We start out with a descent and a long fire road climb before getting to the first bits of singletrack. I’d lost contact with Shaina on the last part of the climb through the woods, but had a bit of a gap on two women in the 40+ group who were chasing me. Once we hit the trails, my lack of knowing what was coming killed me, and the first woman caught me quite quickly. She encouraged me to help her put a gap on the next woman back, and I gave her the lead in an open section. On the next bit of singletrack, though, I couldn’t keep up with her, too nervous about what might be around the next bend. (Always pre-ride the course.) I kept her in my sights, and by the time we came upon the rock garden, the next racer back had bridged up. The rock garden was where I really wished I’d pre-ridden, as a bit of time to study the lines would’ve been VERY helpful. As it was, I made it most of the way through before I had to bail. I gave as much chase as I could, but I was feeling my body’s governor kick in to preserve my beleaguered immune system. There was a fast, flowy section near the river with all sorts of criss-crossing line choices that I absolutely loved, and when I came back up through the start/finish, I could see the rider ahead of me…just a bit out of reach.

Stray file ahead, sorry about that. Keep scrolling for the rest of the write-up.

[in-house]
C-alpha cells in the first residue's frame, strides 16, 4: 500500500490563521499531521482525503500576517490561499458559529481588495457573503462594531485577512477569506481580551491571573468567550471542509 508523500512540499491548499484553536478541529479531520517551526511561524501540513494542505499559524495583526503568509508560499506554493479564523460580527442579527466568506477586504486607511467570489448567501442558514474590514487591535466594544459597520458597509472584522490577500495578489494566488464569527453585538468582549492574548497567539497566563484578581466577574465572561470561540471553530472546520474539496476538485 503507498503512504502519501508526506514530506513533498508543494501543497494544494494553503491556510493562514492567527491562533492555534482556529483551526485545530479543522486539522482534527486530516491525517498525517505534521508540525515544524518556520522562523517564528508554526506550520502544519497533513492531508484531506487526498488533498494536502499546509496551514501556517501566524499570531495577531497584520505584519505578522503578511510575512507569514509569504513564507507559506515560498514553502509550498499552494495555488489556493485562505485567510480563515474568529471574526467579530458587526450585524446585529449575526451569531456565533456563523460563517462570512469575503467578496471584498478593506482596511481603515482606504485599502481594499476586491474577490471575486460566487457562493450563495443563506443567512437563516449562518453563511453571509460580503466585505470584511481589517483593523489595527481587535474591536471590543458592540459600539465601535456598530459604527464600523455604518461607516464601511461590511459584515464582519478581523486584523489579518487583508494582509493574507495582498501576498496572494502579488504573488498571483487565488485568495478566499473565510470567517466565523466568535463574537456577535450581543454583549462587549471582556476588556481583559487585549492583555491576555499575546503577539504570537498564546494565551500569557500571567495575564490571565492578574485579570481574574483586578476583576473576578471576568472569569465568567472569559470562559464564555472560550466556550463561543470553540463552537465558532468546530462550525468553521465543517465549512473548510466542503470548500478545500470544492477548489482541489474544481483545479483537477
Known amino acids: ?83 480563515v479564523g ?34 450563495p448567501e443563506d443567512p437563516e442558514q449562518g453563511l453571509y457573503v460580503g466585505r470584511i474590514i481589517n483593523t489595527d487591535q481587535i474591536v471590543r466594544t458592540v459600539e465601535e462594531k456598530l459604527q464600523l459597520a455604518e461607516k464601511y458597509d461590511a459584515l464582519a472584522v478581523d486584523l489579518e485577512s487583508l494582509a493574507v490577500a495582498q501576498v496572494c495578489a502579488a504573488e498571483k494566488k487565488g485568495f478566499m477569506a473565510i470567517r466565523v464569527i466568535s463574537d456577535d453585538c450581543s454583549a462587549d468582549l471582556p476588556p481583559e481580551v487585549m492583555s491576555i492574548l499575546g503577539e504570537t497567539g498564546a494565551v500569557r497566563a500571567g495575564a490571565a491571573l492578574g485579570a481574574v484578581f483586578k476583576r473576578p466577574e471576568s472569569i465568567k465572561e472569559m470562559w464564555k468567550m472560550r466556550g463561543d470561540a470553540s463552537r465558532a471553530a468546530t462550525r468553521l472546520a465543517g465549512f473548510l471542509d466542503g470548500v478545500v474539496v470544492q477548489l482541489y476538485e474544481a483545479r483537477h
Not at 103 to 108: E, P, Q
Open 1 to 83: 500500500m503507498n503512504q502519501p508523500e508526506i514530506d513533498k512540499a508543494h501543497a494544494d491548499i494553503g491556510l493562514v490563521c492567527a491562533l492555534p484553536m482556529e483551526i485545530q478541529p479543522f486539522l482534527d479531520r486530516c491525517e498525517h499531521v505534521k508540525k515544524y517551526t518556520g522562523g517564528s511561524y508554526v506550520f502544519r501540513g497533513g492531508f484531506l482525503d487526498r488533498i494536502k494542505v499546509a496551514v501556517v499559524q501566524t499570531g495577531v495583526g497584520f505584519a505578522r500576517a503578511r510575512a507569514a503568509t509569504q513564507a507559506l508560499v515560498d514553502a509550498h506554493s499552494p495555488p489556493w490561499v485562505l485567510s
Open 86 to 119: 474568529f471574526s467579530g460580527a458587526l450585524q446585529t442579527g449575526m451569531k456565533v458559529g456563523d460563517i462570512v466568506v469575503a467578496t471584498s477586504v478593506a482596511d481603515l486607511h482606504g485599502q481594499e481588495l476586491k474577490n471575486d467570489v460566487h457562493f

Going into Lap 2, I was feeling sapped. It was hot—and I know better #3—I hadn’t done a proper job of getting the air pockets out of my Camelbak. This created a fun problem of having to push on the bag in order to drink. I was starting to make dumb mistakes in technical sections, like a weird pseudo-trackstand on the top of a log pyramid that I just fell over from or nearly careening off the trail on a narrow descent. Oops. I tried to focus on smoothness, and in a few sections, I was happy about riding them really well. Nailed the flowy section and a few descents and launched off a rock ledge on one of them, which was sweet. So there’s that. In the last third of the lap, the first of the Cat 1 men started catching me. One small goal prior to the sickies was to make it to the third lap without this happening, but oh well.